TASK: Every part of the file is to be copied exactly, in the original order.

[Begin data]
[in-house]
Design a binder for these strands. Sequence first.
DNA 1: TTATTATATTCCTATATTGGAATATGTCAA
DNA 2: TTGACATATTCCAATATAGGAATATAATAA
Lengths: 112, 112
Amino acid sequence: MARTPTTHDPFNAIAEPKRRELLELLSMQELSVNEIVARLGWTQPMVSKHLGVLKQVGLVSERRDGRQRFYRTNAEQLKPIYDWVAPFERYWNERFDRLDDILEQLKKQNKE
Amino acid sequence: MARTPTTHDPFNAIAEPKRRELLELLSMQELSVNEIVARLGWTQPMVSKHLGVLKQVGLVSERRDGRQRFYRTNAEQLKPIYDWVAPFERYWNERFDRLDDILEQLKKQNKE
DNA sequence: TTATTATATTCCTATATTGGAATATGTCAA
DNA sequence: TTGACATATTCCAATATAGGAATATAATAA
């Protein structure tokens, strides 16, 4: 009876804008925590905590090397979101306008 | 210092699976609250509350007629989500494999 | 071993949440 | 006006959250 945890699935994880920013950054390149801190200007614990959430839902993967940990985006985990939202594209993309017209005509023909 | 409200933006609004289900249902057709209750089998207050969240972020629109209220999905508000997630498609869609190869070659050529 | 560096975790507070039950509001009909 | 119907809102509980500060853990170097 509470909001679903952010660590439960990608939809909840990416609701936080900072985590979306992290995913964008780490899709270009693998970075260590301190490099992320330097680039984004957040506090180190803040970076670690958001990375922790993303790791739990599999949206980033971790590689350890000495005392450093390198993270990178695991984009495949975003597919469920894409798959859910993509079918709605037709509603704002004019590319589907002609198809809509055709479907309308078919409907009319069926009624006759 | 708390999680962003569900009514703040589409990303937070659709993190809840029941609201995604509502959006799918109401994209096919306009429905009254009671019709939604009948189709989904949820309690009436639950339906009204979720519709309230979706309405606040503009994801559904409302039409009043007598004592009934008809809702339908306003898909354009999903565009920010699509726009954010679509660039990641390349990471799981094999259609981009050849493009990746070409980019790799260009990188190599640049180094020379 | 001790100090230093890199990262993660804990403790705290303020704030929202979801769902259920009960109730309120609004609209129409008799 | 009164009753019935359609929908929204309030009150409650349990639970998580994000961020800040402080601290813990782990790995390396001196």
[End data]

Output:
[in-house]
Design a binder for these strands. Sequence first.
DNA 1: TTATTATATTCCTATATTGGAATATGTCAA
DNA 2: TTGACATATTCCAATATAGGAATATAATAA
Lengths: 112, 112
Amino acid sequence: MARTPTTHDPFNAIAEPKRRELLELLSMQELSVNEIVARLGWTQPMVSKHLGVLKQVGLVSERRDGRQRFYRTNAEQLKPIYDWVAPFERYWNERFDRLDDILEQLKKQNKE
Amino acid sequence: MARTPTTHDPFNAIAEPKRRELLELLSMQELSVNEIVARLGWTQPMVSKHLGVLKQVGLVSERRDGRQRFYRTNAEQLKPIYDWVAPFERYWNERFDRLDDILEQLKKQNKE
DNA sequence: TTATTATATTCCTATATTGGAATATGTCAA
DNA sequence: TTGACATATTCCAATATAGGAATATAATAA
């Protein structure tokens, strides 16, 4: 009876804008925590905590090397979101306008 | 210092699976609250509350007629989500494999 | 071993949440 | 006006959250 945890699935994880920013950054390149801190200007614990959430839902993967940990985006985990939202594209993309017209005509023909 | 409200933006609004289900249902057709209750089998207050969240972020629109209220999905508000997630498609869609190869070659050529 | 560096975790507070039950509001009909 | 119907809102509980500060853990170097 509470909001679903952010660590439960990608939809909840990416609701936080900072985590979306992290995913964008780490899709270009693998970075260590301190490099992320330097680039984004957040506090180190803040970076670690958001990375922790993303790791739990599999949206980033971790590689350890000495005392450093390198993270990178695991984009495949975003597919469920894409798959859910993509079918709605037709509603704002004019590319589907002609198809809509055709479907309308078919409907009319069926009624006759 | 708390999680962003569900009514703040589409990303937070659709993190809840029941609201995604509502959006799918109401994209096919306009429905009254009671019709939604009948189709989904949820309690009436639950339906009204979720519709309230979706309405606040503009994801559904409302039409009043007598004592009934008809809702339908306003898909354009999903565009920010699509726009954010679509660039990641390349990471799981094999259609981009050849493009990746070409980019790799260009990188190599640049180094020379 | 001790100090230093890199990262993660804990403790705290303020704030929202979801769902259920009960109730309120609004609209129409008799 | 009164009753019935359609929908929204309030009150409650349990639970998580994000961020800040402080601290813990782990790995390396001196």